Franklin Park was to be the crown jewel of his career. His first plans were published in 1886 and over a 13 year period construction reigned in this former farmland nestled between Dorchester, Roxbury, Mattapan, and Jamaica Plain. Olmsted knew it was a bit far from the center of Boston, but also realized that the growth of public transportation and the idea of an urban respite would be the cure for the industrialization of Boston and its surroundings. Franklin Park would include plans for carriages, pedestrians, baseball and tennis players, sheep, schoolboys, ladies who wished to bike, and those who wanted to partake in a civilized afternoon picnic. Nothing was missed by Olmsted in his plans.
Overtime, and especially following the death of Frederick Law Olmsted in 1903, the plans for the urban getaway changed. In some ways, these changes were minor, such as a different choice in planting. In others, these changes were major. The most potent example is the lack of construction of the "Greeting." If Franklin Park was the be the crown jewel of the Boston Park System, the Greeting was to be the crown jewel of Franklin Park. The Greeting was literally designed as the grand entrance to the park from Blue Hill Avenue. It was to have roadways for carriages, pleasure vehicles, and pedestrians. It was to have benches for resting under the shade of vaulted elms. It was to be the promenade. The place to stroll. The place to be seen. After Olmsted's death, there was no one to strongly advocate for this plan and from 1903-1912, it was to be a grassy meadow with few plantings.
Declining attendance in Franklin Park was seen as a major issue by Boston's park commissioners. It was decided that a zoo would be the answer to many of the problems. Arthur Shurtleff, a landscape architect and protege of Frederick Law Olmsted, was commissioned by the City of Boston to design what would become the Franklin Park Zoo. The zoo has seen a range of owners, attendance levels, and rates of care and consideration over the years, but today remains a thriving place for education, a home for hundreds of animals, and a distinctive part of the history of Franklin Park.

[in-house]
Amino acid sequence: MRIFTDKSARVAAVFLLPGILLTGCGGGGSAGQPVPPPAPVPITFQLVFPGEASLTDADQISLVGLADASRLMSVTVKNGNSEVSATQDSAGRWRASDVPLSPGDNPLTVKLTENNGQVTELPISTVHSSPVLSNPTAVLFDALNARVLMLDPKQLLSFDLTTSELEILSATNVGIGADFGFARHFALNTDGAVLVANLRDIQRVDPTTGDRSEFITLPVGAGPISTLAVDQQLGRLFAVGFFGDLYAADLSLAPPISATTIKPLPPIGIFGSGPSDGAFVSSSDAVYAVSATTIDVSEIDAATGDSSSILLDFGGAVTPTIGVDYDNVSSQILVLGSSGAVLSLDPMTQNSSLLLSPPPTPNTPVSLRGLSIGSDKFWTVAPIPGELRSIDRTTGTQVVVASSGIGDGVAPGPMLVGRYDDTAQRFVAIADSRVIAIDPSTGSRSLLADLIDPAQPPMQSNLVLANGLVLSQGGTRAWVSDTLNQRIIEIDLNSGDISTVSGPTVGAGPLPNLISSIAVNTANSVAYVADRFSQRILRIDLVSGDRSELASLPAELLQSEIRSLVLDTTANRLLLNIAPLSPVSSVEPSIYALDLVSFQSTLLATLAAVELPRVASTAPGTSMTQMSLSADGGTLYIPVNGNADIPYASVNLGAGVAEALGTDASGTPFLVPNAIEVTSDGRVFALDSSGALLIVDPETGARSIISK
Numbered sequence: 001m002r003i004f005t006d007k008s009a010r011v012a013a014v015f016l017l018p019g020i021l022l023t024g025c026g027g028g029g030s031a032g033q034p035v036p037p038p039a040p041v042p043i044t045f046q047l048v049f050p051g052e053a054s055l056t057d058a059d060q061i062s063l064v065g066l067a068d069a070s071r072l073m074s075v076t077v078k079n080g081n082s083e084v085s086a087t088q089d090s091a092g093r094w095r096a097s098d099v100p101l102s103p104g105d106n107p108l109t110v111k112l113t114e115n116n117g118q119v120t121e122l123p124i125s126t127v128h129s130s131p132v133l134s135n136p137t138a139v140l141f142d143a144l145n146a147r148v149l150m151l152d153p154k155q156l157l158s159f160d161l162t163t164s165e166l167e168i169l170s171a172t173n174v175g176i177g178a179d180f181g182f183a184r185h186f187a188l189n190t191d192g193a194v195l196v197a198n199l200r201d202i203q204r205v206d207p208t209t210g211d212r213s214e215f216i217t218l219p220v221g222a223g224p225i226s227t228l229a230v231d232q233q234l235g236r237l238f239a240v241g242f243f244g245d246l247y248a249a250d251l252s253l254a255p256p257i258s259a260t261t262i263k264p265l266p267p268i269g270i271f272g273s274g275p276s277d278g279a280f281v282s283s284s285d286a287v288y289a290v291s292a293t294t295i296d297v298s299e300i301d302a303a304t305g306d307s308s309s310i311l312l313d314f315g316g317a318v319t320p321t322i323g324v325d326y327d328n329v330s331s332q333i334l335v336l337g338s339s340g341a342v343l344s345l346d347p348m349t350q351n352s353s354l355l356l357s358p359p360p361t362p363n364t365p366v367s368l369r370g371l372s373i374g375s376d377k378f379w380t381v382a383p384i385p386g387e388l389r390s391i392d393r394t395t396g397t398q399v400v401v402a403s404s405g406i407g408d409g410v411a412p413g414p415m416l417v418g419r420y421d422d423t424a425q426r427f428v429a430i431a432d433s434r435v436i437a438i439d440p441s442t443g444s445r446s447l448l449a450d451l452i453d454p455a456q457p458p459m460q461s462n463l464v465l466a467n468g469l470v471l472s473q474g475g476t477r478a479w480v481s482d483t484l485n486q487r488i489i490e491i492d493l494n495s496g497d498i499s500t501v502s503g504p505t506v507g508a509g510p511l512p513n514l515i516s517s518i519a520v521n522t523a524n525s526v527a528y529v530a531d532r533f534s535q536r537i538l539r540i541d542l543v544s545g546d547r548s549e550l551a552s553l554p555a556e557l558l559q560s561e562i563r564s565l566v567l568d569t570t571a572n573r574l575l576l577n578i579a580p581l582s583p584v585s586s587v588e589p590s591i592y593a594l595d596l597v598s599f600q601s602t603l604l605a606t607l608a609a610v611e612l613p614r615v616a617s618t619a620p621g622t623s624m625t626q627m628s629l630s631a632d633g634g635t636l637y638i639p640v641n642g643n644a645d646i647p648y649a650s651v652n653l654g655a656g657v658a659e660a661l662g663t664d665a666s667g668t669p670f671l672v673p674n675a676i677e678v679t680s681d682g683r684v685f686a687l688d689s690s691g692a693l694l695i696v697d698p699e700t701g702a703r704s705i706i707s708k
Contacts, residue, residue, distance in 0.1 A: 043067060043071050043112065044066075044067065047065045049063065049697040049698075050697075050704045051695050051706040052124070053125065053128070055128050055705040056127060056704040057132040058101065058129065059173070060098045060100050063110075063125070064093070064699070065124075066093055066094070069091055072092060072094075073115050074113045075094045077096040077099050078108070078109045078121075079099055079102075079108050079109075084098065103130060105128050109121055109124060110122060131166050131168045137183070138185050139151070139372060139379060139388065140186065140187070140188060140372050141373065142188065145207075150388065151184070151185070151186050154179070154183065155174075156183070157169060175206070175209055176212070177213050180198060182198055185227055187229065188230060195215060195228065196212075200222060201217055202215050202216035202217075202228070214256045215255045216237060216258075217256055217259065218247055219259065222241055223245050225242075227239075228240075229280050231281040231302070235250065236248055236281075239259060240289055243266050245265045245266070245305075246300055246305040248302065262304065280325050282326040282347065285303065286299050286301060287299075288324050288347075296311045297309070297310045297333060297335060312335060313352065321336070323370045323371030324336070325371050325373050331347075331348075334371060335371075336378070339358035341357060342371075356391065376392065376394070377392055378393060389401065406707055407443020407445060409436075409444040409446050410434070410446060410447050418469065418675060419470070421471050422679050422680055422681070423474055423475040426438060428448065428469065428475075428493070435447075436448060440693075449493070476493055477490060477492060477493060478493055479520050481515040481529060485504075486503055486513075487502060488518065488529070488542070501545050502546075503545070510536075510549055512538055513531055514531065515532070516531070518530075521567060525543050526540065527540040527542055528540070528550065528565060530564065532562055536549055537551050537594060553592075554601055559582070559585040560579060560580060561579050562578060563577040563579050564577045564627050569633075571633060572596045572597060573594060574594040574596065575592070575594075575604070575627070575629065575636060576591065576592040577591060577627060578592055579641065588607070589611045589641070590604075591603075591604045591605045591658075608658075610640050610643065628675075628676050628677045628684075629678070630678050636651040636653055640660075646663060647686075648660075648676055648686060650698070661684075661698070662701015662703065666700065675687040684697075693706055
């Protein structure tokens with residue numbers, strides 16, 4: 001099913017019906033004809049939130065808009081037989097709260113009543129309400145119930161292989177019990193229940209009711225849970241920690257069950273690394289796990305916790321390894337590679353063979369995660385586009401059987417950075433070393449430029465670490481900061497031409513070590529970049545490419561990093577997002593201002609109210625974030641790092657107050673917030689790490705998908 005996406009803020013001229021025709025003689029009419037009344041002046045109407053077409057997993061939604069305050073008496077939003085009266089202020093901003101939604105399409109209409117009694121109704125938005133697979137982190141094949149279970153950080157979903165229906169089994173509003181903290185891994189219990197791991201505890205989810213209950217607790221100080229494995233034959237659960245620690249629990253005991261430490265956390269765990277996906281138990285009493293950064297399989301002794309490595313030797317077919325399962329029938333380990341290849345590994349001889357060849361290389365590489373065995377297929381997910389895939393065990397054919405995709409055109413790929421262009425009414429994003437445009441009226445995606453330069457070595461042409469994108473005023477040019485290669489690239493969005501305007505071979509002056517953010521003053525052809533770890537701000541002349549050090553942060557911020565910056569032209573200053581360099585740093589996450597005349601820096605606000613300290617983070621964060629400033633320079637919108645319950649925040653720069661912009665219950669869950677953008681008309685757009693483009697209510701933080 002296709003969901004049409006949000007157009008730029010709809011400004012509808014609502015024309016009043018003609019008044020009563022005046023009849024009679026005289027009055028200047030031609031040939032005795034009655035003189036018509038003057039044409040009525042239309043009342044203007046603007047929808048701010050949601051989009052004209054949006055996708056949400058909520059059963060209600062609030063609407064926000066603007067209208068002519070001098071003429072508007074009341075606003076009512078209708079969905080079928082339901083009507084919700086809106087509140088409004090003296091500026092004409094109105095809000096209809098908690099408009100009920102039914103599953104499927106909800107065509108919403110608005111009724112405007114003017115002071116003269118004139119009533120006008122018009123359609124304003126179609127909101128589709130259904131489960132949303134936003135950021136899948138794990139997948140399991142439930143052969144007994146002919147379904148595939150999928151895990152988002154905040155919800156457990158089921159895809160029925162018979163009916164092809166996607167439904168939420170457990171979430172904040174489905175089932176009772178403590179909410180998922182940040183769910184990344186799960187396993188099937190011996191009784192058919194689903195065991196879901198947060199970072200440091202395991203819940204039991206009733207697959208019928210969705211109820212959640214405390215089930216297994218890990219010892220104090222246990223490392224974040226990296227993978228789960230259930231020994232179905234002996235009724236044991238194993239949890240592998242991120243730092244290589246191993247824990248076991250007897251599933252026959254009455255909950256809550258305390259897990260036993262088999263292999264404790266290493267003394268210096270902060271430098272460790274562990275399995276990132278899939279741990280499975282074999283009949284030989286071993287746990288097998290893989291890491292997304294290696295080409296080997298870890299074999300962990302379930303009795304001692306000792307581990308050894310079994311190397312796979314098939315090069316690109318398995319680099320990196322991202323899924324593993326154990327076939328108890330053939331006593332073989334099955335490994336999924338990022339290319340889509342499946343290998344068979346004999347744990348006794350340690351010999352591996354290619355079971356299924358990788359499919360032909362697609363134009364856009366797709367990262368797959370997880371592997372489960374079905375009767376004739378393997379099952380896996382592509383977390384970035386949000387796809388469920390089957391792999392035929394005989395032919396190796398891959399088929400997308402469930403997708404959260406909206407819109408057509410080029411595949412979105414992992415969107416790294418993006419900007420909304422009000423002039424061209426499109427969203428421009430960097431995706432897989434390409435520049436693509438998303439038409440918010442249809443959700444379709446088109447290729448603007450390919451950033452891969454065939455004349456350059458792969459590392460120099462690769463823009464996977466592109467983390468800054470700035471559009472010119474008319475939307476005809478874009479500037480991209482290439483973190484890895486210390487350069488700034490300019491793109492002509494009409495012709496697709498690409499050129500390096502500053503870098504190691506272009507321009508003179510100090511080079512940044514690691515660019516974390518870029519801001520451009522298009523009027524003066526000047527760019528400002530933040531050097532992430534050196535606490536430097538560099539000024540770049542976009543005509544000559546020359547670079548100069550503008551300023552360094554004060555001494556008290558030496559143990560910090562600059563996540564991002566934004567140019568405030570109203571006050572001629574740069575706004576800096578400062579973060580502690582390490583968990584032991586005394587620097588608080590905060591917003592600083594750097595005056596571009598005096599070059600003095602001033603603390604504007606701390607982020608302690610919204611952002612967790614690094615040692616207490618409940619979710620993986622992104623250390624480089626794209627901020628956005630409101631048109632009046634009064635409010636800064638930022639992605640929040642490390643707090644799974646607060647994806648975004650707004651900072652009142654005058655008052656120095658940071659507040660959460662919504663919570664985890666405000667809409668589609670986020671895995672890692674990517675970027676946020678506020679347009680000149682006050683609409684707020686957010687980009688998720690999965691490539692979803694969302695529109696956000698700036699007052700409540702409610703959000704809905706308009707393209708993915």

The Old Bear Dens have a particularly fascinating history. On a clean-up in the fall of 2005, I asked some fellow volunteers if they knew of the history of the area. I was especially taken in by the bas relief in one of the cages dated 1912. What is striking is the skyline of the city of Boston. It may be obvious to state, but there is no Prudential building or Hancock tower. There are actually no buildings of height except for the Custom House tower--a federal building exempt from Boston's strict height limits. I was intrigued to learn more about this part of the park. What was Olmsted's role? Who was Shurtleff? Why were the Bear Dens abandoned? Who visited this place? In my four months of intense research, I was able to answer these and many more questions and put together a project that is now published as a Historic American Buildings Survey in the Library of Congress and will be available for online viewing sometime this spring.
In the meantime, I have included a slideshow below of a combination of historic and current pictures. Observe the people, the structure, and the animals. This was zoo life through the 20th century. This part of the park was also one of the most memorable for anyone that was a parkgoer in the 1940's, 50's and 60's. The bears are always a part of the memory and therefore the Dens remain a part of the intrigue that is Franklin Park.